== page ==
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Mark Masters: Unearthing the Masters

Mark Masters

Mark Masters has a gift for finding jazz treasures hiding in plain sight. Over the past 15 years, the Southern California-based arranger has carved out a unique niche, developing programs for the Mark Masters Ensemble built around the work of neglected improvisers and composers-or in some cases, doing the jazz-standard thing of smartly reinterpreting familiar material.

Masters won some overdue attention for himself last year with his stellar octet and nonet settings of Grachan Moncur III’s compositions on Exploration (Capri), the first new recording by the seminal 1960s trombonist in almost three decades. The album features Masters’ regular cast of top-flight players, including tenor saxophonist Billy Harper, baritone saxophonist Gary Smulyan and trumpeter Tim Hagans.

The arranger’s latest album for Capri, Porgy and Bess Redefined!, tackles a body of work far better known than Moncur’s, but Masters turns George Gershwin’s oft-explored folk opera into a thrilling jazz vehicle, striking a delicate balance between freewheeling improvisation and incisive ensemble passages that hone in on Gershwin’s seemingly infinite melodic imagination. “I didn’t set out to do the album for this reason, but nobody has done an in-and-out treatment of Porgy and Bess-in terms of playing free and using a harmonically adventurous orchestral language,” Masters says. He notes that Gershwin’s song forms are often unconventional and always interesting. By going back to the original vocal scores, he incorporated elements from the passages that Gershwin wrote to bridge the songs.

The key to the album’s success, and indeed all of Masters’ projects, is that he writes for specific players.

“Mark tries to find the most important emotional ingredient in every tune he arranges,” says Hagans, a scarce presence on American bandstands in recent years because he’s artistic director of the Norrbotten Big Band in Sweden. Masters first recruited Hagans for a 2001 concert dedicated to Miles Davis and Gil Evans’ landmark album Sketches of Spain, and the trumpeter has been a key contributor on just about every major Masters project since. “With Porgy, it’s not a lot of thematic exposition,” Hagans says. “Mark doesn’t have 10 minutes of music written out for us. He tries to get the emotional vibe of the piece and takes into account the personalities of the players. He focuses on how we’re going to bring out Billy Harper’s personality rather than writing shout choruses and showing off. That’s what defines his personality.”

Over the years Masters has struck gold with projects showcasing several overlooked jazz greats, such as his 1993 collaboration with trombonist Jimmy Knepper, The Jimmy Knepper Songbook, and One Day With Lee, featuring arrangements built upon lines by alto great Lee Konitz. He’s also put together programs exploring music by Dewey Redman, Chico O’Farrill, Steve Kuhn, Charles Mingus, Jelly Roll Morton, Gary McFarland and Jack Montrose, the great 1950s West Coast tenor saxophonist and arranger whom Masters cites as one of his primary influences. They first got in touch when veteran reed player Gary Foster, an occasional member of Masters’ band, gave Montrose a copy of the Knepper album. Montrose responded by calling Masters to express his admiration for the work.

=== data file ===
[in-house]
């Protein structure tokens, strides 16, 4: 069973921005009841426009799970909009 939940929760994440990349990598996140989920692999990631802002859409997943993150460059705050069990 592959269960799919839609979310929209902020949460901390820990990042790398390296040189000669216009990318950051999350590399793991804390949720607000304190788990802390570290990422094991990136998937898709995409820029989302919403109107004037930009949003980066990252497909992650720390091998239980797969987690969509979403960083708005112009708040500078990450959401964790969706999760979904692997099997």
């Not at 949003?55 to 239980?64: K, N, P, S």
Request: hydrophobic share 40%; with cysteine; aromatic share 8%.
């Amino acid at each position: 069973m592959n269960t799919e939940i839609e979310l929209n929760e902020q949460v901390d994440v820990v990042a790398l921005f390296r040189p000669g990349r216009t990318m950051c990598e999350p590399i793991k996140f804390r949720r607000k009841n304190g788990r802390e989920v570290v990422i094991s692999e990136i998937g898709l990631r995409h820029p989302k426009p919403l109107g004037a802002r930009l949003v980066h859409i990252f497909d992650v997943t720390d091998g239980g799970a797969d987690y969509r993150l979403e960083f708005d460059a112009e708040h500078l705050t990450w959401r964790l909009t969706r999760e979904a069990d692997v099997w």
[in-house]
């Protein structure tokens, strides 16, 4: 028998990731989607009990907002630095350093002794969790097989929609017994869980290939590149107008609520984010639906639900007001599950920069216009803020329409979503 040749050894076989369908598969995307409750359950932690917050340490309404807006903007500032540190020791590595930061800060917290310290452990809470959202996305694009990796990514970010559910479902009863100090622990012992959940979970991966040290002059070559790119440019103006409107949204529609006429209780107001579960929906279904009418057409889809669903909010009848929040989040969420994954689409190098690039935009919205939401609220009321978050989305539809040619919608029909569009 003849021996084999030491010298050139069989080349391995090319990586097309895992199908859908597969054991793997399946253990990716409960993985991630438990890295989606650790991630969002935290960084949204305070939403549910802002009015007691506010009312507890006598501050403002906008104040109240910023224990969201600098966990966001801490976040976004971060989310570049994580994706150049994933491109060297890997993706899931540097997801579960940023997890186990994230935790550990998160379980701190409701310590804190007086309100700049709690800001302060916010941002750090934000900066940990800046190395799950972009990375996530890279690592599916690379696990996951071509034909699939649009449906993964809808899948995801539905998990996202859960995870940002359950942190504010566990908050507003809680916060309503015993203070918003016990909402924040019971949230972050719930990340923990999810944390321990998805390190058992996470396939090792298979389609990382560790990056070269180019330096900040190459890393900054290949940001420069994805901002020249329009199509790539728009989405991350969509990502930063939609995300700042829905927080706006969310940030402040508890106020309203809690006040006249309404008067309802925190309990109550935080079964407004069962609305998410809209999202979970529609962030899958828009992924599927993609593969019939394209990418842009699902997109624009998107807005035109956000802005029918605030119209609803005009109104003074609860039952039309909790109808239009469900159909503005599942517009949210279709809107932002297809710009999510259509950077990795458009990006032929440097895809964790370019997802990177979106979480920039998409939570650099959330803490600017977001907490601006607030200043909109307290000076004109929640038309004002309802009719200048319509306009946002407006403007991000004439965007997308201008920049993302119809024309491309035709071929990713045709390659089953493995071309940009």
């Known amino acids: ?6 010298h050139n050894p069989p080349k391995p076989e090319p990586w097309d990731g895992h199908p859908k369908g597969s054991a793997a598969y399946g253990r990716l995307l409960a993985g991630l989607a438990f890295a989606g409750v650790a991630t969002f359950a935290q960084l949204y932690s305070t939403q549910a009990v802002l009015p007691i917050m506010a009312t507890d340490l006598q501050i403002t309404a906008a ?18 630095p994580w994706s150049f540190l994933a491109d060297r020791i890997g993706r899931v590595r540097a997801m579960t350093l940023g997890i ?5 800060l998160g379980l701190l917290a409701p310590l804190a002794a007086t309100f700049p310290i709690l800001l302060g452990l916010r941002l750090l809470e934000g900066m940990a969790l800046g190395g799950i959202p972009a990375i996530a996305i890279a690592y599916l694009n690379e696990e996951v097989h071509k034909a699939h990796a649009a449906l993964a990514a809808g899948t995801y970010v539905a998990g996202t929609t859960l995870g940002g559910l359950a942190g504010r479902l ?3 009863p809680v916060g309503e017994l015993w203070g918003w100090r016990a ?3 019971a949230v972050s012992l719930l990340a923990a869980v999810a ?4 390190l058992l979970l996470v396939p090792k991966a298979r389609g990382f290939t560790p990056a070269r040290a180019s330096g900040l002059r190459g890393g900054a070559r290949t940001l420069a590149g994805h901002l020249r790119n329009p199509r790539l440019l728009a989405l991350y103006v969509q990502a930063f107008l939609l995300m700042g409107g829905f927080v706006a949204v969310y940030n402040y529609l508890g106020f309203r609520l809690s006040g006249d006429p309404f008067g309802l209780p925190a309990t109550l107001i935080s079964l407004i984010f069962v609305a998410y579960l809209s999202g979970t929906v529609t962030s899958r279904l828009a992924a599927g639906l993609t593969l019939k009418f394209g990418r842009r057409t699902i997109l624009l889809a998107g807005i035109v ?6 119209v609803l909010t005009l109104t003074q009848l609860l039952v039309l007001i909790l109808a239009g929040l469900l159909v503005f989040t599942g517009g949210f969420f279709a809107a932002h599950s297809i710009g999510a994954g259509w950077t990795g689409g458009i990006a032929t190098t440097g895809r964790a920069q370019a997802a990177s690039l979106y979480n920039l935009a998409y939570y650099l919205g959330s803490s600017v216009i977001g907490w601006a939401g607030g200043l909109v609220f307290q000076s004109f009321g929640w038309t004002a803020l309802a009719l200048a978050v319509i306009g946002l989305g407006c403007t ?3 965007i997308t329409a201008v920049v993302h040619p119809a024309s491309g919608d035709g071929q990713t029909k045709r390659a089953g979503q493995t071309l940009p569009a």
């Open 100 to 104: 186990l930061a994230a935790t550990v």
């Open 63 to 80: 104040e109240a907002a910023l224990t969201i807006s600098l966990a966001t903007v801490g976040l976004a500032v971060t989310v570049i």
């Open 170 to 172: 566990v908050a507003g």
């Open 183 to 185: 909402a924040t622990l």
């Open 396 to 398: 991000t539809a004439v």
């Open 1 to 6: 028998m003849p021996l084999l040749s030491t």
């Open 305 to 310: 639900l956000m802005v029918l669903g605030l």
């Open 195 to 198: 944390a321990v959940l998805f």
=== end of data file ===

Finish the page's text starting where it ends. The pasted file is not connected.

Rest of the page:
“He said, ‘You and I are soulmates; I didn’t know this kind of thing still existed,'” Masters recalls. “He’s in Las Vegas, and I try to get over at least a couple times a year to see him. He opened my horizons, in terms of sonic possibilities and ways to think about music.” The largely forgotten Montrose, who did such brilliant arrangements on the 1954 Clifford Brown Jazz Immortal session for Pacific Jazz with Zoot Sims and Russ Freeman, is featured on Masters’ 2003 Capri album, The Clifford Brown Project, sounding as big and brawny as Ben Webster.

Masters himself is something of an overlooked jazz treasure who has created a thriving musical outpost 30 miles east of Los Angeles in Claremont, though he’s been almost entirely ignored by the region’s dominant newspaper, the Los Angeles Times. Working through the American Jazz Institute, an organization he created in 1997, Masters has found an unofficial home in the academically prestigious but musically underdeveloped Claremont McKenna College. Producing several major programs a year, he has built strong creative relationships with Southern California players such as pianist Cecilia Coleman, bassist Putter Smith and drummer Joe LaBarbera.

In many ways, Masters is a product of the Southern California jazz scene. He grew up in Redlands, the Riverside County town best known in jazz circles as a headquarters for Stan Kenton. It was Kenton’s music that first sparked his passion for jazz, though Masters credits his Riverside City College professor Roger Rickson for setting him on the right path as an arranger. “He was forever laying all the right records on me,” Masters says. “He knew what I should be hearing, and really steered me to the writing part of it.” As for the future, Masters is maintaining his fruitful relationship with the Capri label and working on projects exploring the music of Marvin “Hannibal” Peterson and Roswell Rudd.

Originally Published